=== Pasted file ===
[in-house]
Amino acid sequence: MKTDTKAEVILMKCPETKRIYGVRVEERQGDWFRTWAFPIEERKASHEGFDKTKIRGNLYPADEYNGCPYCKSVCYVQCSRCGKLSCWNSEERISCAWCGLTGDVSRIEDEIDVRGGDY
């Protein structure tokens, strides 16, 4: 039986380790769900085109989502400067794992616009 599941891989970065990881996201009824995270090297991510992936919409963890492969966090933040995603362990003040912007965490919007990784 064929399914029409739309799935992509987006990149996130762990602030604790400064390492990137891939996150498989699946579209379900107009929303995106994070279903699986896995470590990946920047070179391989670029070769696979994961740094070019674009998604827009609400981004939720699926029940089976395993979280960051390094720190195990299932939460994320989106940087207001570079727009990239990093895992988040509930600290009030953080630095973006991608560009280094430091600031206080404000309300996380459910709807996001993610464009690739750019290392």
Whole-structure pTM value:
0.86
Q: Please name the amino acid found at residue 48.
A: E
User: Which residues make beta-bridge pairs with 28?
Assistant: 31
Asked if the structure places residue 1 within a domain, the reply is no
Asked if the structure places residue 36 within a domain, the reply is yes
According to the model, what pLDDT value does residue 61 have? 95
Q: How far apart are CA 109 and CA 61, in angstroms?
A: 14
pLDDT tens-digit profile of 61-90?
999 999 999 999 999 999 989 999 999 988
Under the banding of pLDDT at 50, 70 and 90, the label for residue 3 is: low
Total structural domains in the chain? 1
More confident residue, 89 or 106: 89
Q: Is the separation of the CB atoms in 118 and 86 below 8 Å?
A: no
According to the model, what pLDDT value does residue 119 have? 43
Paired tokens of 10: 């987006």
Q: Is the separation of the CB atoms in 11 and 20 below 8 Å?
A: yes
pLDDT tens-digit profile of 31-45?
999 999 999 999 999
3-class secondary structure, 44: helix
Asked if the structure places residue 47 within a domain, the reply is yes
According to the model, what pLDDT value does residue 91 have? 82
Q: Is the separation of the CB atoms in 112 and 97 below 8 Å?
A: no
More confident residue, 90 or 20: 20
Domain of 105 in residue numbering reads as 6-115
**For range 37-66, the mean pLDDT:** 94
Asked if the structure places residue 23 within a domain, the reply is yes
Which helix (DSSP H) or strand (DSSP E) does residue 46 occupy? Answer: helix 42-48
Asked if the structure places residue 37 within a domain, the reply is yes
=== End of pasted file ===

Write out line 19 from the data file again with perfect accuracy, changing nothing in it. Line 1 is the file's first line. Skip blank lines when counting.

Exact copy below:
More confident residue, 89 or 106: 89